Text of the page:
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Nokia's scraps mobile ecosystem in fight to survive

| Text: Carl-Gustav Lindén

Nokia is shedding thousands of staff world-wide - the equivalent of one in ten workers within its mobile telephone business. The move is part of Nokia's attempt to remain in profit and improve the growth outlook within a completely new technological ecosystem.

There are currently four mobile ecosystems. Nokia is now abandoning Symbian, which currently runs its mobile telephones. That leaves Google's Android, Apple's iOS and Microsoft's Windows system. 

When Nokia now embraces Windows, developed by the American computer giant, thousands of Symbian programmers loose their jobs. In Finland some 3,000 staff face redundancy. For half of them that means unemployment while the other half will be employed by consultancy firm Accenture. 

This will be one of the largest ever changes in the Finnish labour market. Yet the situation for those who face redundancy is far from hopeless. They have after all globally sought-after skills and many international companies have already signalled they wish to employ ex-Nokia staff. US technology firm Intel has already announced plans to open new research units in Finland. 

Difficult situation

7,000 people are affected by the change. Nokia's mobile telephone business employs some 60,000 people which means these 7,000 represent more than ten percent of all employees and one in four employees in Finland.

"This means redundancies. It's a difficult situation. Together with employees and partners we try to find employment in the long term for our competent staff," says Nokia's Managing Director Stephen Elop.

The redundancies were less extensive than expected and work continues at all of Nokia's sites. The worst case scenario had 5 to 6,000 workers facing compulsory redundancy. 

Pertti Porokari, Managing Director at Finland's Federation of Professional and Managerial Staff, still hopes the solution which sees a total of 3,000 people employed by Accenture won't see them on the streets again later. In that case Nokia would just have been avoiding its responsibility.

Elop says this is definitely not the case. Accenture and Nokia have worked together to identify which people have the chance to be successful within the consultancy firm. 

New companies emerge

There is also hope that people leaving Nokia will start their own companies. The best case scenario would be hundreds of fast growing IT companies popping up across Finland.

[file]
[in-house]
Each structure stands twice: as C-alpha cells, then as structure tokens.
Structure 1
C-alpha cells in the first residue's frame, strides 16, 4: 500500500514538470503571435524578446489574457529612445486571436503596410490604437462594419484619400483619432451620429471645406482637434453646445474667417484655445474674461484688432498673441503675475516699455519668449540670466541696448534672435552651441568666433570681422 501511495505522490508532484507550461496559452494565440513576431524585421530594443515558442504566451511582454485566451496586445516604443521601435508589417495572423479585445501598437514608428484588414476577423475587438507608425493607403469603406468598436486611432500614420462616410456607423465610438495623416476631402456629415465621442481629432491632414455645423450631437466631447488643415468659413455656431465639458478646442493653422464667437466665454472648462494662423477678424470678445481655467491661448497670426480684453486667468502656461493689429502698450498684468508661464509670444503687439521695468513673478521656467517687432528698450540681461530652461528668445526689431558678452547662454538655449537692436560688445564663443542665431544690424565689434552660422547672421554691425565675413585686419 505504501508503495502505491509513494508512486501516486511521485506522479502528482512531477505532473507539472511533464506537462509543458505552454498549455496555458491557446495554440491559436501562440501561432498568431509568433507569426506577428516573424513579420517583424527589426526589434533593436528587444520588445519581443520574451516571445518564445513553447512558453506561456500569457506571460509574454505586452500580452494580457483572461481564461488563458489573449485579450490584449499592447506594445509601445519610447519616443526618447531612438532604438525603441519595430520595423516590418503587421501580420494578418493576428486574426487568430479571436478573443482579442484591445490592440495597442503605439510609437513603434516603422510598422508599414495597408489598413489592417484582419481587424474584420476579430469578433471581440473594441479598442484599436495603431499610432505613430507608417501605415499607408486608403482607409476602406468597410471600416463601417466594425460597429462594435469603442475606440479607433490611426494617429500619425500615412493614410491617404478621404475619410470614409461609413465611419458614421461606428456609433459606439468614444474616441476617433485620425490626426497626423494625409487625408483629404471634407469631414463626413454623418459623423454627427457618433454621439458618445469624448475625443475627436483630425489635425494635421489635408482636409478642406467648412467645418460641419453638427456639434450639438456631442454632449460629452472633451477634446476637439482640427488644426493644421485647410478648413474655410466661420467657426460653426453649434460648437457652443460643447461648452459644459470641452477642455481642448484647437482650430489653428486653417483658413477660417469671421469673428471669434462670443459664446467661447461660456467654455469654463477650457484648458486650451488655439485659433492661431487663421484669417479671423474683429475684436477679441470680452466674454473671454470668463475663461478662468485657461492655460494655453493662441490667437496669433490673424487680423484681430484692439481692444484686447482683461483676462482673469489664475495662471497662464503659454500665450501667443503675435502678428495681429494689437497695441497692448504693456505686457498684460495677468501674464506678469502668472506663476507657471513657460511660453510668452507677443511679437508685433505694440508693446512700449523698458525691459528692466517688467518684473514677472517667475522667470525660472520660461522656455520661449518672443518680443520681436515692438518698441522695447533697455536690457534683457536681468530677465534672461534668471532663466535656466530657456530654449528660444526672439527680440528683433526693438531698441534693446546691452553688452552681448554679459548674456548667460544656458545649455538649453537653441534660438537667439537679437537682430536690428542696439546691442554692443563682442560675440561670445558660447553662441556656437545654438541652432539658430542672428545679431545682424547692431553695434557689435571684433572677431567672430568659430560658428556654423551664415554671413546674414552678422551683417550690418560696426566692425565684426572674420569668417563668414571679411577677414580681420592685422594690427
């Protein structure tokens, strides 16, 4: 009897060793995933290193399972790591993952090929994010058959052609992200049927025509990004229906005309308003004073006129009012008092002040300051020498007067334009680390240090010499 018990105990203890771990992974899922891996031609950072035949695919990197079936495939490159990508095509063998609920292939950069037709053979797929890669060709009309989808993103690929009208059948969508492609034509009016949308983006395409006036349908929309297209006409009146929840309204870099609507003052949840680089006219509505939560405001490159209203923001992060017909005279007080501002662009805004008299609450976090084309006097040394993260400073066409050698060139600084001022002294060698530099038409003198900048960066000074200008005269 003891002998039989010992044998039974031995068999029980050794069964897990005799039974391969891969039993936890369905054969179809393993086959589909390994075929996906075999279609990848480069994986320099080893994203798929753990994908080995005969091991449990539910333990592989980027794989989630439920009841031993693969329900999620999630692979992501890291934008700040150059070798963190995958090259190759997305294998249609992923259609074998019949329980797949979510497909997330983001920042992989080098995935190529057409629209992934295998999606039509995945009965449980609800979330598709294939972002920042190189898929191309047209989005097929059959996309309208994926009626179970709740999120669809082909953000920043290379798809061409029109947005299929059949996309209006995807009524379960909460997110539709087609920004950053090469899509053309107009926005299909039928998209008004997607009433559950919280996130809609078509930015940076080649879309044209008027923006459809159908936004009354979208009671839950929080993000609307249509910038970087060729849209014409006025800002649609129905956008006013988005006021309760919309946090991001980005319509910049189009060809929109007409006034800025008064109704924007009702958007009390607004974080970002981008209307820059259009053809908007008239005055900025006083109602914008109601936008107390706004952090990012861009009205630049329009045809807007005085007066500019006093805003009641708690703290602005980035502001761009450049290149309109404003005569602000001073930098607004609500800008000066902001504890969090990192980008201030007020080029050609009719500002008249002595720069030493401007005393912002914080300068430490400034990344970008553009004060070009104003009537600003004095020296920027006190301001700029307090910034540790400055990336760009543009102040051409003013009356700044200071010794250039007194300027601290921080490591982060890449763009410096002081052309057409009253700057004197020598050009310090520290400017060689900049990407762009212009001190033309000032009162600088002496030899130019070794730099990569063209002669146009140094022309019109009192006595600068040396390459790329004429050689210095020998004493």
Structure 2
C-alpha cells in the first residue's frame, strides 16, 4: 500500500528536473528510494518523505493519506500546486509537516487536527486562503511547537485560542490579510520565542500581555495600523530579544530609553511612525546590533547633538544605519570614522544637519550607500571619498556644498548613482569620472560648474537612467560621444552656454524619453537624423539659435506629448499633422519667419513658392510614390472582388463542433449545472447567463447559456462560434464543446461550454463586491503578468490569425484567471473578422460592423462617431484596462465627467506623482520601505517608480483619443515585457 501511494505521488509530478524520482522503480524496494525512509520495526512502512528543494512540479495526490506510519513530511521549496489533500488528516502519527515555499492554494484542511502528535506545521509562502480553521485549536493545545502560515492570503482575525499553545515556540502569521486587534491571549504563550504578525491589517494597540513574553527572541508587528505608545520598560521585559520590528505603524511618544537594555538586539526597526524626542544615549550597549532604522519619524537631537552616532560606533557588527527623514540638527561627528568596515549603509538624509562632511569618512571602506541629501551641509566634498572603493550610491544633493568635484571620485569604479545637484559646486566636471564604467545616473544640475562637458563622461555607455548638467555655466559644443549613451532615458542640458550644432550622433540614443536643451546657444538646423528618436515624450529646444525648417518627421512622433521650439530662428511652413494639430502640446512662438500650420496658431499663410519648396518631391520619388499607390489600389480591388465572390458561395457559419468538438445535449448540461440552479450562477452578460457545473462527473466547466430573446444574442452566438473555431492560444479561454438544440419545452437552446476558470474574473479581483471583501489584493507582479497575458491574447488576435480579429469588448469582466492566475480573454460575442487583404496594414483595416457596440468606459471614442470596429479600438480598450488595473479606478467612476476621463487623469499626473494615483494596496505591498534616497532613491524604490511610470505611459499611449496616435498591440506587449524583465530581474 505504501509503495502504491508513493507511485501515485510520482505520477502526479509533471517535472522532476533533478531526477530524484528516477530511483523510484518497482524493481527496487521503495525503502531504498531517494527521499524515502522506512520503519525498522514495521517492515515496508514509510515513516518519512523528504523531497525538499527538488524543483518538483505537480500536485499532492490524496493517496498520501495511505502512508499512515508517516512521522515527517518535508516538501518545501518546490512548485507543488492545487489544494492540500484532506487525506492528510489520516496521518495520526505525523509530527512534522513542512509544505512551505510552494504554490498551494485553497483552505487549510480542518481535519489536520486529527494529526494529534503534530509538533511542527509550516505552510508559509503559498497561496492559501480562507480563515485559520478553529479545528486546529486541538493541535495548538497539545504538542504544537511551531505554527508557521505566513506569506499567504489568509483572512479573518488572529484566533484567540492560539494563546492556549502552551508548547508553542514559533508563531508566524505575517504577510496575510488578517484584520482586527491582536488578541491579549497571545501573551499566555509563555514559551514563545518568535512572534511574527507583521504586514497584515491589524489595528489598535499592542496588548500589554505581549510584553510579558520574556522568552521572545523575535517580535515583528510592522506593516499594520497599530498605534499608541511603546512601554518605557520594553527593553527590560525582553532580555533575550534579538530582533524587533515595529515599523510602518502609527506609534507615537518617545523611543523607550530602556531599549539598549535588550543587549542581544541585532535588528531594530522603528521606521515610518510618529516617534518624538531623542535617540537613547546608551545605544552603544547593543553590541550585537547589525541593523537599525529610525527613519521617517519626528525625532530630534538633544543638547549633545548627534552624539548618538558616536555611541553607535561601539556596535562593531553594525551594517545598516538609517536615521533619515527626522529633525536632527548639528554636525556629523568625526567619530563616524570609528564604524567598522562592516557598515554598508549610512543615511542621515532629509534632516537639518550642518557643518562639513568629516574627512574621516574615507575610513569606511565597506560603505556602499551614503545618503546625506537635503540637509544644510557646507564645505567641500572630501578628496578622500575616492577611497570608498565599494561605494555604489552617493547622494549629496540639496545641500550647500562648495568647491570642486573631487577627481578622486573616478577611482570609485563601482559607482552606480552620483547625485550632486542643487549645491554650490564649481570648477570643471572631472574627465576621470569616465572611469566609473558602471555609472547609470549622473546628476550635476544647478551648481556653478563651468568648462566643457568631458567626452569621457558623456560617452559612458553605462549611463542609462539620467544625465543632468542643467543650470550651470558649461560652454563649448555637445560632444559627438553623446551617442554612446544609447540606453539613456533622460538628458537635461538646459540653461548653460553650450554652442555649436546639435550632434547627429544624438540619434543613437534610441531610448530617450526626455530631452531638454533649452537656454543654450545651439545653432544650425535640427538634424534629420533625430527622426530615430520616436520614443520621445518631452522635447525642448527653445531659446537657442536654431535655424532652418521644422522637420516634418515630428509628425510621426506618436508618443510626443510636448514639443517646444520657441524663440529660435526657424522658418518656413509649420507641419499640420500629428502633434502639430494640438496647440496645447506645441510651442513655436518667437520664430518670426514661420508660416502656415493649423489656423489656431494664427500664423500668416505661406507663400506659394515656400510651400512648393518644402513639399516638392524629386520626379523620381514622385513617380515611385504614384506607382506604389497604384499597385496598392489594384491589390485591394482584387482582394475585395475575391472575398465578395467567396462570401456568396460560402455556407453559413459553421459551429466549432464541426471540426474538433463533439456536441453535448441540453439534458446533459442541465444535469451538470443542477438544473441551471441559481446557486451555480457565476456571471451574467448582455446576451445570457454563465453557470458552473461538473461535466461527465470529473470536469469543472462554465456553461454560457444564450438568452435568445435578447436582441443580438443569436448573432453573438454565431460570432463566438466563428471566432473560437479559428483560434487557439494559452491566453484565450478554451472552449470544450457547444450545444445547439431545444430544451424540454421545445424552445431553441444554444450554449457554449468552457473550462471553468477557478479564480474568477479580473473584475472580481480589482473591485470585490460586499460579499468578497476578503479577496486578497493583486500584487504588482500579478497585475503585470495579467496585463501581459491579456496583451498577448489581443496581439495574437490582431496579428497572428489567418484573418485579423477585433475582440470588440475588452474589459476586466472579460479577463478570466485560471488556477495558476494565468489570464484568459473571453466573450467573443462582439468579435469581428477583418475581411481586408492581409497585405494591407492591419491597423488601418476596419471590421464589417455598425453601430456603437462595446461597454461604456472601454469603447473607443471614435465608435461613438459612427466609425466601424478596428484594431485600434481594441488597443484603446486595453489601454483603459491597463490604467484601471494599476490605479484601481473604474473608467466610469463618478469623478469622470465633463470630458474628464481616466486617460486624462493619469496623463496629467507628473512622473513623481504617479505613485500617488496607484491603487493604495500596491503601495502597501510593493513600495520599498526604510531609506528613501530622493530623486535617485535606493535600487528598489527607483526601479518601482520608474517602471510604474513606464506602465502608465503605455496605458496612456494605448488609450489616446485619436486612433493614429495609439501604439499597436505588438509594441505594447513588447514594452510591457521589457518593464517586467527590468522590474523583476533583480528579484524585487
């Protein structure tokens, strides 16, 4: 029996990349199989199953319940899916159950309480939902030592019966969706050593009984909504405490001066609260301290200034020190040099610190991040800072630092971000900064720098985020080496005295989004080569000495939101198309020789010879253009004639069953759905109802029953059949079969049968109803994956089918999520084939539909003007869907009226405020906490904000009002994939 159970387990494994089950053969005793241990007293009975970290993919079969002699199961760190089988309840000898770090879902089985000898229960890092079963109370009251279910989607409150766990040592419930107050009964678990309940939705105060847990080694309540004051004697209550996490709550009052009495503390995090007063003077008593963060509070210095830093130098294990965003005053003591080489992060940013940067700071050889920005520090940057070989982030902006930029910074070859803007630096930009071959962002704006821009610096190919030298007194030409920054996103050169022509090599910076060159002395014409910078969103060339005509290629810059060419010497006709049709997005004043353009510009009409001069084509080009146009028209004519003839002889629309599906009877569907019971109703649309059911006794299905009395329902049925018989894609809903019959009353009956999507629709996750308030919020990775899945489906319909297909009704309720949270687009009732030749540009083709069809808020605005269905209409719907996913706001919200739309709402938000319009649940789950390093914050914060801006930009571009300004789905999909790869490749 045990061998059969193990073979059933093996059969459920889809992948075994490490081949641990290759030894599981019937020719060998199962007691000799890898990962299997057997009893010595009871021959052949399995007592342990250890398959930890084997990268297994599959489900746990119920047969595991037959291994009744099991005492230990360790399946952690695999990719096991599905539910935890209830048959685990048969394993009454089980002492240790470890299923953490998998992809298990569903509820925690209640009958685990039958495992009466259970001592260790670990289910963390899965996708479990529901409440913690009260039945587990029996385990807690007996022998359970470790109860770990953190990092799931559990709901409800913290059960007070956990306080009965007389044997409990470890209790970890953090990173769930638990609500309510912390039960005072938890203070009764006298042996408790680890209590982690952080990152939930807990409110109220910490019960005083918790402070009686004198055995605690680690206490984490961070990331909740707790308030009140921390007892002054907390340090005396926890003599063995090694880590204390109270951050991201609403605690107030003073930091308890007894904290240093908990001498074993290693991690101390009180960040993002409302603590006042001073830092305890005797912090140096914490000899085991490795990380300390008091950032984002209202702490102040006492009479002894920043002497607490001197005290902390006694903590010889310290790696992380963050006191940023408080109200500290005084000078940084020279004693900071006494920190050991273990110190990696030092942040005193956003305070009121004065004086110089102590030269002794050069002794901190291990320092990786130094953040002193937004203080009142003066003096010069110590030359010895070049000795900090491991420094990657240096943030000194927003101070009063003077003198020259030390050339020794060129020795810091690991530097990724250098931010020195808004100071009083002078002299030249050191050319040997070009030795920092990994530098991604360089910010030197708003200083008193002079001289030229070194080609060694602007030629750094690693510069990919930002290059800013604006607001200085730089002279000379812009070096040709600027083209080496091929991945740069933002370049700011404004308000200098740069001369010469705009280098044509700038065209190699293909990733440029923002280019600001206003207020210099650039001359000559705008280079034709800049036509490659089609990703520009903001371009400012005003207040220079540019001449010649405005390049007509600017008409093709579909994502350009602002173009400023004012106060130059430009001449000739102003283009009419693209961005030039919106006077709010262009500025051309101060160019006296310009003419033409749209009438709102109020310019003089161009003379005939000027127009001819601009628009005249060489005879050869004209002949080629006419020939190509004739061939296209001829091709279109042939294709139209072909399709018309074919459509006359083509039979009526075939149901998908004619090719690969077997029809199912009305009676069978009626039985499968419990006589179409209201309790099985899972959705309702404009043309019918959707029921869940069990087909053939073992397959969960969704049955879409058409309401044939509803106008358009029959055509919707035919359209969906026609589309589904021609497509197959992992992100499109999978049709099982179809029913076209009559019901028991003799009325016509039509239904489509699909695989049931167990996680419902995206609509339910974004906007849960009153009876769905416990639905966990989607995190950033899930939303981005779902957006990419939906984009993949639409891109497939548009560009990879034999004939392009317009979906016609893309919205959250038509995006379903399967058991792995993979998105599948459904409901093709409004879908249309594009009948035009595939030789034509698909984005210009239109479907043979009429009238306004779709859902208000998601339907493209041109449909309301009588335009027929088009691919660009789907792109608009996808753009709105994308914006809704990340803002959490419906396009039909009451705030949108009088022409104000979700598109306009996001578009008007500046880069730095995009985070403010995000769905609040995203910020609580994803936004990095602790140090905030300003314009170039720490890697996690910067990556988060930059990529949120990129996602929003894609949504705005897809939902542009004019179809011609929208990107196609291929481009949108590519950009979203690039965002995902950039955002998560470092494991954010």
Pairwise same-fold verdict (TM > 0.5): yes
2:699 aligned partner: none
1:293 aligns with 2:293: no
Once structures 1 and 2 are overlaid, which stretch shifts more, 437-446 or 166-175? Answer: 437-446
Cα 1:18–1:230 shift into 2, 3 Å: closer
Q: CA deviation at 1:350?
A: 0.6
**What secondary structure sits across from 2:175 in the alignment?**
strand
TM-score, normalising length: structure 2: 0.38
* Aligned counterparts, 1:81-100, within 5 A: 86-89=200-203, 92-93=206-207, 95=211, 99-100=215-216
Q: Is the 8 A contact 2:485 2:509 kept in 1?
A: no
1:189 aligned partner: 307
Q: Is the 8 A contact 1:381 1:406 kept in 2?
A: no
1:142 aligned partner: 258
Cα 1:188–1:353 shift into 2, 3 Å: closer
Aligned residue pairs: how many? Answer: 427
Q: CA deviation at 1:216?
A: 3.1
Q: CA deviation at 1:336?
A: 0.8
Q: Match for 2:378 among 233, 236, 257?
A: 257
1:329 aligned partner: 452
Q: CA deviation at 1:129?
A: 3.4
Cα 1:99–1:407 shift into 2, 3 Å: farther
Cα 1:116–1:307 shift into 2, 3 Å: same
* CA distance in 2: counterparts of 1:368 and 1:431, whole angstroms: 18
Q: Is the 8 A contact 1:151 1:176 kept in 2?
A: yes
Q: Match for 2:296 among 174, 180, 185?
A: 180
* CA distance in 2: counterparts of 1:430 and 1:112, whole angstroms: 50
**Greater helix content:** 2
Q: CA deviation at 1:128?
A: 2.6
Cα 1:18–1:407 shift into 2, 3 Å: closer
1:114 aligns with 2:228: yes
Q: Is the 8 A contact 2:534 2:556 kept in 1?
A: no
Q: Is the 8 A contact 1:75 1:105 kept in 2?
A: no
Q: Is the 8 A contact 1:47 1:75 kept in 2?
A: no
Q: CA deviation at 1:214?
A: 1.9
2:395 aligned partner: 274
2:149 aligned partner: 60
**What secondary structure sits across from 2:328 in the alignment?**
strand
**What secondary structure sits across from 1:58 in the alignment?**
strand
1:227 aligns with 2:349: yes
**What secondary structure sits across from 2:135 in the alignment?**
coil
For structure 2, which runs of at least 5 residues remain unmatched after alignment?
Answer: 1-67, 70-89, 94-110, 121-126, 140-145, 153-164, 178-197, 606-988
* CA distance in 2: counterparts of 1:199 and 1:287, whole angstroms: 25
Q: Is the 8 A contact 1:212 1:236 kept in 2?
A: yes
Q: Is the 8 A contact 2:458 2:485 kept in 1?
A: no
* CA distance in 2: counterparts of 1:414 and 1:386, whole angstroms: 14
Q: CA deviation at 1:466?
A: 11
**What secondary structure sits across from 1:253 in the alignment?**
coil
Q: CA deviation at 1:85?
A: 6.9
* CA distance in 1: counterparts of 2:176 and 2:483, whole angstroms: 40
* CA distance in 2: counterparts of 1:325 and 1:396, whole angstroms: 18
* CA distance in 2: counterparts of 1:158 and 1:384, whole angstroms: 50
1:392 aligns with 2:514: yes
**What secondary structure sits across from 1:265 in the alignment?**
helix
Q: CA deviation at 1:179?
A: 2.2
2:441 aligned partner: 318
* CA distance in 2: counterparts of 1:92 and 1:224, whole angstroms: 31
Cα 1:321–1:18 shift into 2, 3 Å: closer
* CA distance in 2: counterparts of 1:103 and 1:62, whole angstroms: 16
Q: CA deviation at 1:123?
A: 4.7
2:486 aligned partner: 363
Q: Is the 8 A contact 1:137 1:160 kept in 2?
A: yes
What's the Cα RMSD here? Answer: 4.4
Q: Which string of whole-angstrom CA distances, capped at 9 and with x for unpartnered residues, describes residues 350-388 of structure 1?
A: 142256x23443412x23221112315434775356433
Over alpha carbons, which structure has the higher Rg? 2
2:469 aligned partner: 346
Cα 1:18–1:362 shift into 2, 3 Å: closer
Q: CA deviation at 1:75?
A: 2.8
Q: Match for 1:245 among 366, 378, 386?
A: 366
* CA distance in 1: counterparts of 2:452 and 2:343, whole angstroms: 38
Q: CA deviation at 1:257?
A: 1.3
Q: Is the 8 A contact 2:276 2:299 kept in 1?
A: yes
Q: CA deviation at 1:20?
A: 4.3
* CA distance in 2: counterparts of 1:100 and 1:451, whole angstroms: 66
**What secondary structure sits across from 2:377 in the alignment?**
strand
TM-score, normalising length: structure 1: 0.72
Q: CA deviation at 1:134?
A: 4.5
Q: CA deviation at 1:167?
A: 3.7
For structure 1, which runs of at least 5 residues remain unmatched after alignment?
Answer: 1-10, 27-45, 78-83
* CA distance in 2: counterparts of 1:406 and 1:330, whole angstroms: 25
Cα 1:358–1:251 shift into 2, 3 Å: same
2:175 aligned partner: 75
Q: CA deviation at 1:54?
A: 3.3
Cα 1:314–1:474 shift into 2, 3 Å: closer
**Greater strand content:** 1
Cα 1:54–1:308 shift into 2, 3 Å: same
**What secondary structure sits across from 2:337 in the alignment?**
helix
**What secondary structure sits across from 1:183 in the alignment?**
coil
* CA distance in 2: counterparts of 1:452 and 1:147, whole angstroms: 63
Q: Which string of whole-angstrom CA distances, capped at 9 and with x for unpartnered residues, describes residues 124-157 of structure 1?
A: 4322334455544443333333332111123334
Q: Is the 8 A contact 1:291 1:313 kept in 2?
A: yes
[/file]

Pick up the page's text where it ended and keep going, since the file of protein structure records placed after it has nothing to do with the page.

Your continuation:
Nokia Technopolis Innovation Mill - a cooperation between Nokia, Tekes (the Finnish Funding Agency for Technology and Innovation) and the office location company Technopolis - has so far resulted in 19 new companies and around one hundred jobs. The idea has been for Nokia to share it's unused patents, around which people can build new business ideas. 

Not only Nokia staff are affected by the cutbacks - subcontractor staff are even more exposed. Nokia and the state will provide support for those who loose their jobs through a variety of measures, but Symbian experts with subcontractors Digia, Tieto and Ixonos  will not benefit from any such measures.

Nokia's new strategy is based on close cooperation with Microsoft and has been developed under the leadership of new boss Stephen Elop. He took his position in September and now rumours say the whole operation was really just a way for the US computer giant to get Nokia on the cheap. Since Elop's Microsoft announcement in February the Nokia stock has fallen by a quarter. 

Loosing ground

Elop has promised there will be no further redundancies, but Nokia is loosing market shares and nobody can guarantee job security as long as the downturn trend continues.  Nokia's Swedish competitor Ericsson made half of its staff redundant during the difficult years of the early 2000s. Nokia has 130,000 employees world-wide and if the world's largest mobile telephone manufacturer's market continues to deteriorate, their futures remain uncertain. 

Finnish people are worried about the consequences of the job losses. This is not only about jobs at the countries industrial flagship, but also about the public sector which is dependent on Nokia's needs when it comes to the education of engineers and investments in research and development. The new government will be expected to come up with active policies to secure the sector's future. 

"What we need now is a national growth strategy, and the coming government programme must include a finance packet which will secure the new and growing software industry's future in Finland," says the leader of Finland's Federation of Special Service and Clerical Employees, Juri Aaltoen.


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